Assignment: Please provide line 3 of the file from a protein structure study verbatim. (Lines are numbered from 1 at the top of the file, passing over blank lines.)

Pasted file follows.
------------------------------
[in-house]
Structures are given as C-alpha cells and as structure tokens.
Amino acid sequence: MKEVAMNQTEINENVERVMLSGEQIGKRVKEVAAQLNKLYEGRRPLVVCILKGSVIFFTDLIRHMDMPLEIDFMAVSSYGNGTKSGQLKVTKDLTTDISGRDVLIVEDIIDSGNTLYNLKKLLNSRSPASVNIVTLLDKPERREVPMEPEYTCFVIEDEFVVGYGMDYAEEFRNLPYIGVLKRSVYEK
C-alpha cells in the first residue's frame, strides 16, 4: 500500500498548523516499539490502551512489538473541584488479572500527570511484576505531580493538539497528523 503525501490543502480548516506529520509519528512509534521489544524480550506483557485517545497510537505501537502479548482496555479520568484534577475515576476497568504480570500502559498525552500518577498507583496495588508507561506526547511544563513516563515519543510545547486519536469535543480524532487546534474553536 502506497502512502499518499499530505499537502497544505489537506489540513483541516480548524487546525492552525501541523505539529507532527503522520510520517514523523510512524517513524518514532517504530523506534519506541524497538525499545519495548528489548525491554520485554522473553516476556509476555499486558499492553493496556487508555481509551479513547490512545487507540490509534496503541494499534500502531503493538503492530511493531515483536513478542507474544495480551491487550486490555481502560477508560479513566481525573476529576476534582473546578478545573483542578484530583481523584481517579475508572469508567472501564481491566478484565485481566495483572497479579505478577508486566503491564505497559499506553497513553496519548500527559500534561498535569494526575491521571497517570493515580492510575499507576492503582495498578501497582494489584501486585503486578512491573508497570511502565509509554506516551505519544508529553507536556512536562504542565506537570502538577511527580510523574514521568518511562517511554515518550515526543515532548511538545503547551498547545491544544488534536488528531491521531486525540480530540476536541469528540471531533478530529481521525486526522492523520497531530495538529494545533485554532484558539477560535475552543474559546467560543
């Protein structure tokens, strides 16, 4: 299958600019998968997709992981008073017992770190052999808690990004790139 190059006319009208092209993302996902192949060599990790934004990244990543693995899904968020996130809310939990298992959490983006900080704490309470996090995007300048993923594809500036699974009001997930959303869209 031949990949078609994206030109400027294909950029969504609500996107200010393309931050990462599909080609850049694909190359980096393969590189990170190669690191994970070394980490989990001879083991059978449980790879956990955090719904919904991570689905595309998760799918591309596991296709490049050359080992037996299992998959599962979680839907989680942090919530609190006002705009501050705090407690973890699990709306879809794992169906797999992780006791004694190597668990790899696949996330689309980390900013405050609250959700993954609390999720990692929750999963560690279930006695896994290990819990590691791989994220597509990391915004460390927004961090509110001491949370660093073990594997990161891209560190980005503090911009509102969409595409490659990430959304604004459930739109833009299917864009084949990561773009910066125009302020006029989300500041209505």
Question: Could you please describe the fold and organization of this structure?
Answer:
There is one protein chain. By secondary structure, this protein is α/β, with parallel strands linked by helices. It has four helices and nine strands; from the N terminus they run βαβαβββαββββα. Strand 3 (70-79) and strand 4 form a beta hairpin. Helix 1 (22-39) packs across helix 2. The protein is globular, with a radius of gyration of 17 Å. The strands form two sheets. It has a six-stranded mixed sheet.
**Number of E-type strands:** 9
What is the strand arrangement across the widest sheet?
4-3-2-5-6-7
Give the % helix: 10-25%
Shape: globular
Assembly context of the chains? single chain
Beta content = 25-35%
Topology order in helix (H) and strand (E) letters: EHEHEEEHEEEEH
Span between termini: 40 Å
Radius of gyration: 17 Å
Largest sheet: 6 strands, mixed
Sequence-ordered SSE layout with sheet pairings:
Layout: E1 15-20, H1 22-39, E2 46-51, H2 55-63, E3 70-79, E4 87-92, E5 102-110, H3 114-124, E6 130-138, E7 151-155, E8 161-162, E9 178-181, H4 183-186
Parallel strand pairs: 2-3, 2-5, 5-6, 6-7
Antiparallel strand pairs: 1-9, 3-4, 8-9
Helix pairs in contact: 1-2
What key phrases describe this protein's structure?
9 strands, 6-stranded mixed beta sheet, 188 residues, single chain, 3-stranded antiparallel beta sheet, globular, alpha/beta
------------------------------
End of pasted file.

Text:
Amino acid sequence: MKEVAMNQTEINENVERVMLSGEQIGKRVKEVAAQLNKLYEGRRPLVVCILKGSVIFFTDLIRHMDMPLEIDFMAVSSYGNGTKSGQLKVTKDLTTDISGRDVLIVEDIIDSGNTLYNLKKLLNSRSPASVNIVTLLDKPERREVPMEPEYTCFVIEDEFVVGYGMDYAEEFRNLPYIGVLKRSVYEK